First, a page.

Kia ora Te Whanau o Te Kotuku
Another interesting week and a first full week of online learning for 2021. It may not be the last time. Thank you to all staff, students and whanau for doing your bit. For more information on what education looks like at alert level 2 please click here.
As of Thursday, 1150 of the 1380 (83%) students at Rutherford had logged in to the online platform via the Junior and Senior Google classroom pages. At the end of Wednesday, 400 students had not registered and after some follow-up by Tutor Teachers and Deans, another 170 students were accessing the google platform.
We were able to fulfil 77 requests for devices this week to ensure our students could access the distance learning programme. These school devices are taken from our classrooms, where they are a very important resource and used every day. If you registered and collected a school device this week, then the first must-do action for you on Monday is to please return the device to the Info Comms before heading to period 1.
On Monday, we will return straight to our normal timetable. This means all students are to head to their period 1 class. If students need a reminder of their timetable, they can access it themselves using their ‘My Mahi’ login.
Athletics will run this Wednesday, 10 March. This whole school event is special, it is where we gather as a whole school and is something that helps build that important sense of community that we value at Rutherford. Western Zone Athletics Championships are scheduled for the following Wednesday, 17 March and although this is not the main driver we do need to get the team organised that will represent the mighty Kotuku at this meet. Cross Country was scheduled for Friday, 12 March, however, this event has been postponed until a date later in the year. The regionals for cross country are not until later in the year so we have time to prepare for this.
Following the launch of our Tutor Group Programme on Thursdays this year we have had to review our timetable for this day. The finish time of 2:50pm has been causing congestion on Kotuku Street as Rutherford Primary finishes at this time also. We have decided to change the start time on Thursdays from 8:40am to 8:50am and therefore allowing for school to finish at 3:00pm giving our younger neighbours time to leave school before the big kids are released. More information on our weekly timetable can be found here.
What is our ‘why’ through this whole process? The big picture is that we are helping our family, our neighbours, our community and the country navigate our way through COVID-19. I understand that there are elements of COVID fatigue, but we are still so much better off than so many others from across the globe. So we stick with it, we persevere and we remember that the big picture is the health, safety and wellbeing for firstly yourself, your own whanau and then where possible those around you, who may also need your awhi.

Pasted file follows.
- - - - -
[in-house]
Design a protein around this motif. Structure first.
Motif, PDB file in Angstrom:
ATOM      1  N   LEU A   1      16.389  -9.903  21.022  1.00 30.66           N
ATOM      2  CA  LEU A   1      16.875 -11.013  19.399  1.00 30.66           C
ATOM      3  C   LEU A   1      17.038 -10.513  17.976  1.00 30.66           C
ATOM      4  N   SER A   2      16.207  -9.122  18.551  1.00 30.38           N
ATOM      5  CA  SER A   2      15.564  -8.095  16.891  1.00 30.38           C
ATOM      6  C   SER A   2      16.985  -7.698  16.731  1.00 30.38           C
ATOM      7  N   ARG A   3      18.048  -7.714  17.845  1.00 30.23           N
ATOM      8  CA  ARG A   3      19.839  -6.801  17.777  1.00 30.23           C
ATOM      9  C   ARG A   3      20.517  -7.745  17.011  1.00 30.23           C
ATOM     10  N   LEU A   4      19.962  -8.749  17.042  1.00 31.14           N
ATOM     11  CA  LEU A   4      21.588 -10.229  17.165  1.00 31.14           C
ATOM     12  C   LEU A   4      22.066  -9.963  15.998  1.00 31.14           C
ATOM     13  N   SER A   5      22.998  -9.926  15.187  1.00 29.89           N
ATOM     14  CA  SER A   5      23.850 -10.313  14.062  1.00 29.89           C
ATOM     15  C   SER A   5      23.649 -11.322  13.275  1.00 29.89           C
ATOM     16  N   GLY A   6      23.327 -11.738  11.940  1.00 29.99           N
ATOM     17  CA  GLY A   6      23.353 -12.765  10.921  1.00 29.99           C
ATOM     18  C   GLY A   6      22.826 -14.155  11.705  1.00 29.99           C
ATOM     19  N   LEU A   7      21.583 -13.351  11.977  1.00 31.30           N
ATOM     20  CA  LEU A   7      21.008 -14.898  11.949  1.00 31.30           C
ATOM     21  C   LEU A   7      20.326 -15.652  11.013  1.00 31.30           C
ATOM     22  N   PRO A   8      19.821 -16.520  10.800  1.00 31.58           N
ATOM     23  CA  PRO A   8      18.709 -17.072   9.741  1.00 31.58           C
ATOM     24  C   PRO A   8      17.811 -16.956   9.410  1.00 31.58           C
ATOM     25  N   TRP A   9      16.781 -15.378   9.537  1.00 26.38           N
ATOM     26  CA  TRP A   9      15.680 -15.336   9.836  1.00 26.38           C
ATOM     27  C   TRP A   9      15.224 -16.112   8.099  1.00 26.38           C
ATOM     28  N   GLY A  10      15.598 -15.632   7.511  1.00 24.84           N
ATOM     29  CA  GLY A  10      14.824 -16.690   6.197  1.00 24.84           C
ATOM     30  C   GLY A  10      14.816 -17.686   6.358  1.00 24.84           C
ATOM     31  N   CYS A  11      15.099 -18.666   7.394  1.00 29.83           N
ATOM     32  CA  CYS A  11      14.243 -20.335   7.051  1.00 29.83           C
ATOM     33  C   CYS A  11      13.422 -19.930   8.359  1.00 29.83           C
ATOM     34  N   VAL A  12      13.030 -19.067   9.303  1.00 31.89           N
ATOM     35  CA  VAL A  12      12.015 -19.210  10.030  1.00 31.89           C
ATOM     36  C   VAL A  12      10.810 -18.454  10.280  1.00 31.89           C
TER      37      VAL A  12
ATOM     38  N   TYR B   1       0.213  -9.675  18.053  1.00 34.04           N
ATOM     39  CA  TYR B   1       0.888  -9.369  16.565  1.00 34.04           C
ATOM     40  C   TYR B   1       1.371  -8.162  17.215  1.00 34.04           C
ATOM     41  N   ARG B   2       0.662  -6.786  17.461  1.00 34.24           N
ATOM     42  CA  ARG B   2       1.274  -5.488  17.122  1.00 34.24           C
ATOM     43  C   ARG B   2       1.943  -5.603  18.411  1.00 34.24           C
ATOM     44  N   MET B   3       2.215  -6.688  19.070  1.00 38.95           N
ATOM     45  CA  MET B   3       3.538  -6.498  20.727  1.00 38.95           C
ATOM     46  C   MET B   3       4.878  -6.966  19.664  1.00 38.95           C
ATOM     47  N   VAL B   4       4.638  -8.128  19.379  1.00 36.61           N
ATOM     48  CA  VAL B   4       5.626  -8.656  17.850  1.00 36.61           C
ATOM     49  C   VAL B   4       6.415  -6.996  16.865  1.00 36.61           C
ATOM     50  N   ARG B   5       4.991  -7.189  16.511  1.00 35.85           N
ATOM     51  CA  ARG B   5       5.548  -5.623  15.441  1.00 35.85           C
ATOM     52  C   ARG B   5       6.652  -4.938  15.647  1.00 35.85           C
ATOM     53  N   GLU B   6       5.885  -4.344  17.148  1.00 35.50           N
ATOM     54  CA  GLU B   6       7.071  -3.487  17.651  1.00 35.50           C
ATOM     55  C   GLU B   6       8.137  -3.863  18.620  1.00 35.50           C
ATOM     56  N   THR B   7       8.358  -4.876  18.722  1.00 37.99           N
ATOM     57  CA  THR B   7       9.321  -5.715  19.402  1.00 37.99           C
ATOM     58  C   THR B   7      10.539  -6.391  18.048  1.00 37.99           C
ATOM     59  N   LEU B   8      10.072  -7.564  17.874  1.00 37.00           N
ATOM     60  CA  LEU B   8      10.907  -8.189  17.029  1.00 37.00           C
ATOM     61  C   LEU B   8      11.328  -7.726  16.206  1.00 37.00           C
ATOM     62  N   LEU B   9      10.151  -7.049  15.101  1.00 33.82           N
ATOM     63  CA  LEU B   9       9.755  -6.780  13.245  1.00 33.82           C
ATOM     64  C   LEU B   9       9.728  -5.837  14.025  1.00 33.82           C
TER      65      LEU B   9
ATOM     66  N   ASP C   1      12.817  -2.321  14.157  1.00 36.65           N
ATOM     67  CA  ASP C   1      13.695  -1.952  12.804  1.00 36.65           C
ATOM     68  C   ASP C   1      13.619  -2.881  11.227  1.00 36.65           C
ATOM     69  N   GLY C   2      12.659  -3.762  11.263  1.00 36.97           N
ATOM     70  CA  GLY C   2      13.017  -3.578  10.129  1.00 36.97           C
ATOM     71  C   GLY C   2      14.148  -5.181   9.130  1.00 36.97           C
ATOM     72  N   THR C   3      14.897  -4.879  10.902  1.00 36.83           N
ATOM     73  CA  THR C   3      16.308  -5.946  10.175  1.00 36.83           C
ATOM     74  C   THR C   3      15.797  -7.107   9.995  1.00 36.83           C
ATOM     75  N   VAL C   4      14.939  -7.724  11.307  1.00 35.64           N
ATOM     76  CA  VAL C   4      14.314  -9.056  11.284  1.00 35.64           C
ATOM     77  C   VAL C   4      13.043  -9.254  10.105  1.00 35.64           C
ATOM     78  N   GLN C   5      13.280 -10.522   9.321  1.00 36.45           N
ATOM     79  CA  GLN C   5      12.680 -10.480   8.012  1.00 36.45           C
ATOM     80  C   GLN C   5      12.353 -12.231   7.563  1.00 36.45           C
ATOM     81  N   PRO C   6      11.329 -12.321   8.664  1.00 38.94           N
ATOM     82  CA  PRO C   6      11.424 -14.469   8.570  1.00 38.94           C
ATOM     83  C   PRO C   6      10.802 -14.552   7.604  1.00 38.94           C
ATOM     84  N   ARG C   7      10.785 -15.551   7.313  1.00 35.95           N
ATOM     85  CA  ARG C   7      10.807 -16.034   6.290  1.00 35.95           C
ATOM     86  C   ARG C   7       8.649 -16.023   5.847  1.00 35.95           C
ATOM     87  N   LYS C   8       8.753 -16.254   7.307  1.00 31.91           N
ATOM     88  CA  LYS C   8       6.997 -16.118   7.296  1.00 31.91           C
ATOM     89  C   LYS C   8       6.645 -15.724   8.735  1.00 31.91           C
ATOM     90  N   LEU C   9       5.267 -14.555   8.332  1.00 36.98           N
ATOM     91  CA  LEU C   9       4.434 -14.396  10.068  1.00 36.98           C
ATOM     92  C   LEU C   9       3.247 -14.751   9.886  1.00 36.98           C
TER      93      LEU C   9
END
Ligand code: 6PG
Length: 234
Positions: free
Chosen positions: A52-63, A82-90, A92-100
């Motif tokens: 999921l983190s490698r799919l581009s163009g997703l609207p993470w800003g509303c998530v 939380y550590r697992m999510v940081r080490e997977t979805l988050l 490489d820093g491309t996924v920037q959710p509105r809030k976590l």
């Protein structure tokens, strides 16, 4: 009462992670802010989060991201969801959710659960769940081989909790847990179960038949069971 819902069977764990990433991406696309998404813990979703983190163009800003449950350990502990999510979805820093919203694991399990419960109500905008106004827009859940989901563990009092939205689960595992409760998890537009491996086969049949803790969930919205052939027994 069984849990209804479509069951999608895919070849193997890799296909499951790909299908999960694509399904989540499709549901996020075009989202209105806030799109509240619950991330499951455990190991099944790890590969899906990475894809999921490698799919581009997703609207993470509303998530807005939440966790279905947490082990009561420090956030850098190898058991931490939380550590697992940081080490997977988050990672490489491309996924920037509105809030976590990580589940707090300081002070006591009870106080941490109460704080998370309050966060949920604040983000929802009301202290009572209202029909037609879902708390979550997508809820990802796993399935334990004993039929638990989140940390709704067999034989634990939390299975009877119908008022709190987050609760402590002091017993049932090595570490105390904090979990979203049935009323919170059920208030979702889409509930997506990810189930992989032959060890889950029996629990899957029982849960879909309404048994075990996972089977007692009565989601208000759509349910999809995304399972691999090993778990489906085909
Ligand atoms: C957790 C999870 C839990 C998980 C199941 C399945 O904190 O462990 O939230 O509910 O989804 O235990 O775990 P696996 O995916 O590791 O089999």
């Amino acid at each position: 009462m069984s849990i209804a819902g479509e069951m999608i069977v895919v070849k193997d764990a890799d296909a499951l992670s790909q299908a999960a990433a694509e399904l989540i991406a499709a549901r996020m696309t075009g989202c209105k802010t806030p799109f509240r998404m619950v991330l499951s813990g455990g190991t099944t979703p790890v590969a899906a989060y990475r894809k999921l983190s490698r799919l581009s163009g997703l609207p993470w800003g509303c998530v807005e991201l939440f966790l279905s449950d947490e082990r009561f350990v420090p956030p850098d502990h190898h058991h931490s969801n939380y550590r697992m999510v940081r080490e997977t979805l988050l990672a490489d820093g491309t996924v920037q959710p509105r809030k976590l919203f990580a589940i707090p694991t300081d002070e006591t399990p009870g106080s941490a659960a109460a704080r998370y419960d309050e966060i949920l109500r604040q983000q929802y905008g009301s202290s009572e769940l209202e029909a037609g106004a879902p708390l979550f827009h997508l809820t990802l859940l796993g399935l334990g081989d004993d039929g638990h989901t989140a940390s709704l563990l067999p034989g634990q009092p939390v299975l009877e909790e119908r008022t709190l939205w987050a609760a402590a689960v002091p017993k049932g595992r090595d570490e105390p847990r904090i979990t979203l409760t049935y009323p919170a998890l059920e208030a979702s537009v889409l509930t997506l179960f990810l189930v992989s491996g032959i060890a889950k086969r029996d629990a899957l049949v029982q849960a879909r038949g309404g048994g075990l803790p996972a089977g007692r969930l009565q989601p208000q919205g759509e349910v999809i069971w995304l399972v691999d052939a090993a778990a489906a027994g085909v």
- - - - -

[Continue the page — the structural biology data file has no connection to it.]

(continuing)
To our senior students and particularly those in Year 11 who may have an increased feeling of anxiety about assessments or workload, if you are doing some of the work you are making progress. The calmer we remain, the more able we are to think logically and problem solve. Whether the problem is looming deadlines or the amount of work that collectively your teachers are expecting of you, you have my permission to let your teacher or your dean know of the challenge you are facing. Keeping it to yourself is something I would prefer you did not do. My must-do, for you, is to ask for help. That is one way you can be kind to yourself.
My other must do expectation is that you display pono/ integrity and be genuine and authentic with what you expect from yourself and understand what your 50% of the mahi is along the journey. By all means, ask for help, but know that it is then your responsibility to follow the advice and guidance. The learning is done by the person doing the mahi.
We gained valuable knowledge and experience during 2020 on how to navigate the academic year, particularly for how the disruption can impact our students pursuing NCEA. What we noticed is that students, when they were at school, were more focussed and used the time available more effectively. Last year we extended the academic year and made adjustments where necessary to assessment calendars. The key thing for families and particularly those whose son or daughter is starting their NCEA journey at year 11 is to keep calm. Last year the mantra was to hurry slowly and take well-considered little steps in the right direction. This is the same for 2021. We won’t rush into decisions that may then need to be reconsidered. Last year our NCEA results including endorsement levels were well above national averages.
The analogy from last year remains the same; we are all in the same COVID storm but the boats that we are in as we navigate our way through this as individuals are different. The following is always uppermost in my mind, one size fits one.
And alongside this;
Me mahi tahi tatou, mo te oranga o te katoa
We must work together for the wellbeing of all.
Nga mihi mahana